The website indicates that three of these sites, and group area B, can be used as “unserviced” sites with a modest savings in cost. I wonder how they prevent you from sneaking out of your tent at 3:00 a.m. and charging your phone?
A registration office, the size of a small cabin, greets you at the entrance. They don’t appear to offer much here. Then again, you are literally blocks away from a bustling downtown so you don’t really need a convenience store in the campground.
A full service bathroom and shower building is located in behind the entrance cabin. I was unable to enter this building as the doors are locked with a coded entrance lock, presumably to keep out users of the neighbouring park and vagrants. I peeked through the screened window, briefly, and the bathroom looks perfectly fine. Men were showering so I didn’t gaze too long for fear of creeping them out. The website states that hot showers are free to registered users of George Lane Municipal Campground.
The single loop wandering though the forested campground starts on one side of the park and exits the other. There are no playgrounds in the campground proper but you are an easy stroll to all that George Lane Park has to offer, including the large, metal playground they have built for the community to use. It’s robust and great and were our kids younger, they’d love it.
A fenced ball diamond dominates the park and one assumes it is busy with games during summer weekends. Combined with the performance stage near the concession stand, there is plenty of free entertainment for campers. And with the whole town at your service, you can even skip out for a movie should you so desire. You know, instead of setting up a bloody television on your picnic table and keeping the neighbours up all hours!
A single dump station is present near the entrance to the park proper (i.e. not inside the campground). This is an awkward location and must cause congestion during busy exit times. But it appears to be free and allows for removal of waste before heading on your way.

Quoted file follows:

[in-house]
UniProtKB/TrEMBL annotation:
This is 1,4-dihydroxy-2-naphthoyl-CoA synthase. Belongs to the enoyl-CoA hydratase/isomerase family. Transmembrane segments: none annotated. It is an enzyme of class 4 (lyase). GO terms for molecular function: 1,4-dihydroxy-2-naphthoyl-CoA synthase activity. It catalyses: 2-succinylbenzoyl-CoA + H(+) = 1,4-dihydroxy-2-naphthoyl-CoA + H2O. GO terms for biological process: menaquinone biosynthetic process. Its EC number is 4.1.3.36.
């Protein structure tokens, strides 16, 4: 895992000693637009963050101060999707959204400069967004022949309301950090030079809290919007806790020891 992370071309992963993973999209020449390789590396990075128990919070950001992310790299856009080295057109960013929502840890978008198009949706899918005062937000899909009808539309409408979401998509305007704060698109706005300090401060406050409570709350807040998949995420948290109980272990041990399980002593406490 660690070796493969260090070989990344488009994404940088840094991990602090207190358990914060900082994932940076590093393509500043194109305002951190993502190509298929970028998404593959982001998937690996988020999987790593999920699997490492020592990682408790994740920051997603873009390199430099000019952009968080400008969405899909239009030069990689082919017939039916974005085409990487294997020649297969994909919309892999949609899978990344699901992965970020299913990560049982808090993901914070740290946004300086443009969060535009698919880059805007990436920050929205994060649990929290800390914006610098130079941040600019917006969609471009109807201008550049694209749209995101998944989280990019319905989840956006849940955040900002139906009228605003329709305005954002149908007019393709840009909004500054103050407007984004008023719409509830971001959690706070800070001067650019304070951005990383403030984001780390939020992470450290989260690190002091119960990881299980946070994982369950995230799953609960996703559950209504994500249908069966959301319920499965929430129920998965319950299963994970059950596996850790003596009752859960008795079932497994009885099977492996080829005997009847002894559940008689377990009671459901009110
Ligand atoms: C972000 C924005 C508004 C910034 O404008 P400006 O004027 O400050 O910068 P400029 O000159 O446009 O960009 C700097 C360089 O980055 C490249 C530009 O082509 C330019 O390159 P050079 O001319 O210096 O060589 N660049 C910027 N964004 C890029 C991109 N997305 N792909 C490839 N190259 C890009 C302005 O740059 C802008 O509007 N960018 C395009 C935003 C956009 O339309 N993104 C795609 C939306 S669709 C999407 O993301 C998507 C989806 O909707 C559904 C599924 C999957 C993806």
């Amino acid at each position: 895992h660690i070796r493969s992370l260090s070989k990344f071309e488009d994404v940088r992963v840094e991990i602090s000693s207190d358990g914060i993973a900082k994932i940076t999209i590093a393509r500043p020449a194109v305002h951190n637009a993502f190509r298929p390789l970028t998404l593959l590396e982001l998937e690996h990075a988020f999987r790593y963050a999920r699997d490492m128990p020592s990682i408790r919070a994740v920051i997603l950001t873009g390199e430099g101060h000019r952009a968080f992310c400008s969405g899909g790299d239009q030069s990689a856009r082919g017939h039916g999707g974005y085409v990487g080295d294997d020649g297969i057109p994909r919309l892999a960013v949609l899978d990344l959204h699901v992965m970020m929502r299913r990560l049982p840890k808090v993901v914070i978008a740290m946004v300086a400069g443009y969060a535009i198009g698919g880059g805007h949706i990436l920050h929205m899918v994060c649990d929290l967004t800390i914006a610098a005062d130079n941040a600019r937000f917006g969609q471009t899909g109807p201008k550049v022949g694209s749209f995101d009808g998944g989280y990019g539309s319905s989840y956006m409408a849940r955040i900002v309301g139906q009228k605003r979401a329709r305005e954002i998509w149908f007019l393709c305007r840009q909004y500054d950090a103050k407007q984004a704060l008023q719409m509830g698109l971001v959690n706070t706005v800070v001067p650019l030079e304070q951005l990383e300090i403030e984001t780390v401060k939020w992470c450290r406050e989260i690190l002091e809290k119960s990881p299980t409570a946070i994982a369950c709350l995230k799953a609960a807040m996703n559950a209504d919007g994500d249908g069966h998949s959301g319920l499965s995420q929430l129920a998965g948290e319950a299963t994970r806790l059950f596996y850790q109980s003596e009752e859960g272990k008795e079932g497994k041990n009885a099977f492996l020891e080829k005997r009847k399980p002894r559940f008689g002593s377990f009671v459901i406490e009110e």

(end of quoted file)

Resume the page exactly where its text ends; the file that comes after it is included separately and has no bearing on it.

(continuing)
The location of the group sites continues to haunt me. And seeing a couple dozen tents set up for a Scout gathering doesn’t ease my concerns. Getting the sites right next to the first group area would be unadvised and I would avoid those spots like the plague. Fool me twice, and all that.
Potable water is available at a couple spots around the campground loop. You can fill up your RV tanks or fill up your pots as needed.
Several quaint picnic areas dot the park which campers are welcome to use should you desire a change of scenery from your campsite.
When all is said and done, George Lane Municipal Campground remains a gem of an urban campground. I am quite smitten with it. But I still see no reason to go back. Campgrounds like this serve a specific purpose. I think, anyway. If you’re visiting family that live there, for example. Or you are in town for a summer sports tournament with your kids.
In those scenarios, George Lane Municipal Campground provides pretty, convenient, and in some ways unique accommodations for your visit to High River. As a summer vacation destination, though? You’re a potato gun shot from the Rocky Mountains! Why would you ever camp inside a town?
So, how does one rate such a place? It’s a 5 for the former and a 2 for the latter. Or something like that. I’ll give George Lane Municipal Campground 4 out of 5 Baby Dill Pickles. Mostly because I’m feeling generous. Despite its quirks, it offers much more than similar function campgrounds. As a destination spot, though, there are far nicer locations nearby.